If that means filing for a 501(C)(4) so they can also do political work, then that’s what they need to do, because if you have had people with the kind of animus against the LGBTQ community that I have seen. People who have run this state — not now, fortunately, but previous to this administration and certainly that run the federal government now — there are literally no gains that nonprofits can make. There’s so little that a nonprofit can do. The governor, obviously, makes appointments to the state courts — they later have to be elected, but it’s a huge help when you have “HON” in front of your name, right? So, who we have in the state courts is hugely impactful, who we have running the state government is hugely impactful, who is in the legislature. I mean, this is everything for us.
Today there seems to be an air of partnership, but in the past LGBTQ groups have been known to be antagonistic toward one another. How do you see that happening?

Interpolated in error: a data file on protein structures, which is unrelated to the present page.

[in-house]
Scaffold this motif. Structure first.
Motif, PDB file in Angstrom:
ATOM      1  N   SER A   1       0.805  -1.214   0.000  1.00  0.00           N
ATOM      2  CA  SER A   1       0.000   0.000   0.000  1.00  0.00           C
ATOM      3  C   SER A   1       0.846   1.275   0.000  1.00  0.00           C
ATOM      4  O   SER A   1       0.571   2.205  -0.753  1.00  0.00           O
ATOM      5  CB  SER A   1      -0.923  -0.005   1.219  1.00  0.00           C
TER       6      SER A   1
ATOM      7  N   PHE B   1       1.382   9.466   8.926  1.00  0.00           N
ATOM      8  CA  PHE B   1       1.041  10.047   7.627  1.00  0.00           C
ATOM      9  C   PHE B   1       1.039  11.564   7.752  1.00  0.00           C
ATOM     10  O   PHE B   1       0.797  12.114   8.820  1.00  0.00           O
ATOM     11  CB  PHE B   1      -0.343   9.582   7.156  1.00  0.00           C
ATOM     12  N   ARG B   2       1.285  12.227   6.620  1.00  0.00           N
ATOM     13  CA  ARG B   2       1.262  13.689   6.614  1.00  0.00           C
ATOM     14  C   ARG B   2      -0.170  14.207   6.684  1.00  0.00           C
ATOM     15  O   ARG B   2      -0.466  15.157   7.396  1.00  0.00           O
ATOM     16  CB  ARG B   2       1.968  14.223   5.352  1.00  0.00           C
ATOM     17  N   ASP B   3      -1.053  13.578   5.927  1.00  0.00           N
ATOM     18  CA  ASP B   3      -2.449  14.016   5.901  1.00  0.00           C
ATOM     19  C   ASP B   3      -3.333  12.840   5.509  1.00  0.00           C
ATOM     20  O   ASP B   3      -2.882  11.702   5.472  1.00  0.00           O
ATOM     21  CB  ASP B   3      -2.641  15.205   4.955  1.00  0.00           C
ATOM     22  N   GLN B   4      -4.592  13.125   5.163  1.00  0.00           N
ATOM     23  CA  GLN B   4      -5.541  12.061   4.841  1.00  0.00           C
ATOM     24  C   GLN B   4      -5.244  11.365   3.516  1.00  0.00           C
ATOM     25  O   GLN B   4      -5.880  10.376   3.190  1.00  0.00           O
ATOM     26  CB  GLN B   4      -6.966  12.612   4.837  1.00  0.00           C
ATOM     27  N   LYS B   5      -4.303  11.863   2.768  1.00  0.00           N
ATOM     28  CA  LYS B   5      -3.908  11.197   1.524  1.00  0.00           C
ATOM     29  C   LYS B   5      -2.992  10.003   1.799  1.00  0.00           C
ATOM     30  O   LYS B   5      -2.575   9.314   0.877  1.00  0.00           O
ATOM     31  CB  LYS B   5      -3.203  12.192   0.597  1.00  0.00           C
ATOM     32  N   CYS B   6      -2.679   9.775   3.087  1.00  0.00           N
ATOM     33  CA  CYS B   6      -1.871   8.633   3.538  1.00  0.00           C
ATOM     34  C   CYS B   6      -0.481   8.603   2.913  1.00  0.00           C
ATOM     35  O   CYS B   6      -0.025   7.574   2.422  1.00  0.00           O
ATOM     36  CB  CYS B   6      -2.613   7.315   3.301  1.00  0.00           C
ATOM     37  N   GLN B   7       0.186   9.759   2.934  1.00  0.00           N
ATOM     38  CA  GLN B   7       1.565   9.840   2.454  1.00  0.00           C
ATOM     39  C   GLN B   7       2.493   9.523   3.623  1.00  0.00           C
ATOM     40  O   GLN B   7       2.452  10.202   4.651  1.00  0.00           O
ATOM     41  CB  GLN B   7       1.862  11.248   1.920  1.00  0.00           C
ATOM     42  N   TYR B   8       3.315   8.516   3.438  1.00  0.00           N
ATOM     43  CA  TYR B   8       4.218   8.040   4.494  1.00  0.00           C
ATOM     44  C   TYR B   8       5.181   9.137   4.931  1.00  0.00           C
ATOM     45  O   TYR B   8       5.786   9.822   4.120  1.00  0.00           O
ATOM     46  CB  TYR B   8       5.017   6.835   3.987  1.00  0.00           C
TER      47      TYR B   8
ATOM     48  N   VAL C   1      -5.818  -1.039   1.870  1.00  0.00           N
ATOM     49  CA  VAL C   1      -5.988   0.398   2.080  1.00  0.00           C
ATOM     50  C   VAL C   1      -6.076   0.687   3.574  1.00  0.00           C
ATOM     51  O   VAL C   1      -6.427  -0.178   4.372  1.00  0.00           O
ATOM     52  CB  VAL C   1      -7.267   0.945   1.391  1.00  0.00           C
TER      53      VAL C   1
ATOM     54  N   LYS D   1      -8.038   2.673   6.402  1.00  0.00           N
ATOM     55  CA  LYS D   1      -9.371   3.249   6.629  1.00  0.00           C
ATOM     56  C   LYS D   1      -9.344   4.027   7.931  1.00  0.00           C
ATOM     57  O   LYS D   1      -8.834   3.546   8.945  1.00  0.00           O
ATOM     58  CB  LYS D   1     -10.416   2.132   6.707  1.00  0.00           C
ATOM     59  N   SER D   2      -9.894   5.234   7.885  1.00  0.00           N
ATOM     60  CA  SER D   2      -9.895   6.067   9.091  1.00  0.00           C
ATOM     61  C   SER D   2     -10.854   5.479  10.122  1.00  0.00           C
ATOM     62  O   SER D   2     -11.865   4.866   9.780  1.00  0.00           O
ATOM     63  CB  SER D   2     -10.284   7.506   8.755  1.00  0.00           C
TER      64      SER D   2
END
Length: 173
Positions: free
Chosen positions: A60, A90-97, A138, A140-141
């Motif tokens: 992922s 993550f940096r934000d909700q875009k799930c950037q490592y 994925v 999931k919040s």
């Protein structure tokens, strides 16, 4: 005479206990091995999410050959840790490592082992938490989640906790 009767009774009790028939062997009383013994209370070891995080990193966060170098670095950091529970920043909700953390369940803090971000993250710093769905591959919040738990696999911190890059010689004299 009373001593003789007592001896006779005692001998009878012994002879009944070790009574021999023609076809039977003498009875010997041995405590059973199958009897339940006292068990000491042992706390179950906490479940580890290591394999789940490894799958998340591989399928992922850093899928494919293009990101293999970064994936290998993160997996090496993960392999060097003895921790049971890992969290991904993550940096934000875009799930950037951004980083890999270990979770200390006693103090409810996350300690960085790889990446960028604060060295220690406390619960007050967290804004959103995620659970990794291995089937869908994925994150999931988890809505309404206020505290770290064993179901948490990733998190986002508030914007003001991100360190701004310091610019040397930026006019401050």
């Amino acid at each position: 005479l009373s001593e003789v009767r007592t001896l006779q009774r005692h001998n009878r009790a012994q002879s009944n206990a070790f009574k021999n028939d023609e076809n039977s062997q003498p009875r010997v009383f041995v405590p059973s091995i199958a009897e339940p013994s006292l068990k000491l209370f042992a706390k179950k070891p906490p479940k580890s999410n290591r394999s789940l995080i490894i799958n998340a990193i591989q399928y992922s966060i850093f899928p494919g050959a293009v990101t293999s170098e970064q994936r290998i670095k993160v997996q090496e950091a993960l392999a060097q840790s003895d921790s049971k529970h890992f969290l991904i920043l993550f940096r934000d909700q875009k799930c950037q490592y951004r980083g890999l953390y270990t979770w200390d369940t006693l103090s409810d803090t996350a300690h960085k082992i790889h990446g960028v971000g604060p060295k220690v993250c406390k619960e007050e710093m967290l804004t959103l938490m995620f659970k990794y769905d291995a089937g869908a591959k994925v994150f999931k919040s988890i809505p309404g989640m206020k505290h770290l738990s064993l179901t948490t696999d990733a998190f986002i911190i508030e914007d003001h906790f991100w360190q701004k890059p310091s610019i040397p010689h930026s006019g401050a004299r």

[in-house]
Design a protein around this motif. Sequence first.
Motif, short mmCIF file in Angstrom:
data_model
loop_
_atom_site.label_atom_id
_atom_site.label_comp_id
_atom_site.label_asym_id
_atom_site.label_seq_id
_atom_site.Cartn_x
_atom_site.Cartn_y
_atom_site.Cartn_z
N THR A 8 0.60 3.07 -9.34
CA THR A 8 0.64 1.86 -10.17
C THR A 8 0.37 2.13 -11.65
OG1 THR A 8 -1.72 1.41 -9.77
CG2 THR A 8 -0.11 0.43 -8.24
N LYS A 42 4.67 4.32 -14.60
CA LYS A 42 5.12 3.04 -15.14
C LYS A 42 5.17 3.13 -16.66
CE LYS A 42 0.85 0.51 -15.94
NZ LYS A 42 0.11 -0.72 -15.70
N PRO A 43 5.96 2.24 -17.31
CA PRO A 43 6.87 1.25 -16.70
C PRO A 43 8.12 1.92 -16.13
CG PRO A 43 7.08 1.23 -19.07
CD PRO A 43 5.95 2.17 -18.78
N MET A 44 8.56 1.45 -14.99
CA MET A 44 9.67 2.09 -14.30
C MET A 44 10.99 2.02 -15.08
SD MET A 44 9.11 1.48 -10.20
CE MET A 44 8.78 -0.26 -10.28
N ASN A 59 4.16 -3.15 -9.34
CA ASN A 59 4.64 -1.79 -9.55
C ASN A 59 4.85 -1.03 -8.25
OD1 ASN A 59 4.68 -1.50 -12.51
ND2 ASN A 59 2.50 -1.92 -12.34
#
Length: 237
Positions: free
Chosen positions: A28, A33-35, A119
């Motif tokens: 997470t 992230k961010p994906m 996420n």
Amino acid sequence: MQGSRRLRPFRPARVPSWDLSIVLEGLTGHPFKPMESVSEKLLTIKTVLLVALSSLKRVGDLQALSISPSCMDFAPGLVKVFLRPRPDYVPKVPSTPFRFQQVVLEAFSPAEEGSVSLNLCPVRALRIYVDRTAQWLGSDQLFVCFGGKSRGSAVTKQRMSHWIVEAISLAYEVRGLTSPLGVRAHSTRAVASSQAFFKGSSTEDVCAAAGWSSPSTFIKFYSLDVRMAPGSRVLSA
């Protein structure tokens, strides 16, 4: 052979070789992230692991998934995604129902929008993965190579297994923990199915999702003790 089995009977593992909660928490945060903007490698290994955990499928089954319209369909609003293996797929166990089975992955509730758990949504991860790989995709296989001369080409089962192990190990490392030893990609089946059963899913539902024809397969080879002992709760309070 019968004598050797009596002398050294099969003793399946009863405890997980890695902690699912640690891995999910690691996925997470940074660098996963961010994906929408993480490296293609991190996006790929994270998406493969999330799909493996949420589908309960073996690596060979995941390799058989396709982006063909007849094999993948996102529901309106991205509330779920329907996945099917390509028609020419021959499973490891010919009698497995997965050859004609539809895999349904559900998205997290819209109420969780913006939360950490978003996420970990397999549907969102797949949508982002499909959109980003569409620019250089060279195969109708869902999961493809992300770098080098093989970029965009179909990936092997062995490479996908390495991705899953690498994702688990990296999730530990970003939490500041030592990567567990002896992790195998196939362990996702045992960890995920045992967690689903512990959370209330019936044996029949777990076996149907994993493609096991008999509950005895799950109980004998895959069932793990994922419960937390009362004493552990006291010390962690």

We can’t afford to not all work together. All of these groups have to set aside their differences. And, frankly, set aside the competition they sometimes have because they’re vying for the same donors — that’s a big part of it — and decide to collaborate, come together and be supportive of one another. And also be supportive of people who, whether it’s in the judiciary or whether it’s in the state executive or what have you, support individuals who they know are going to work with them.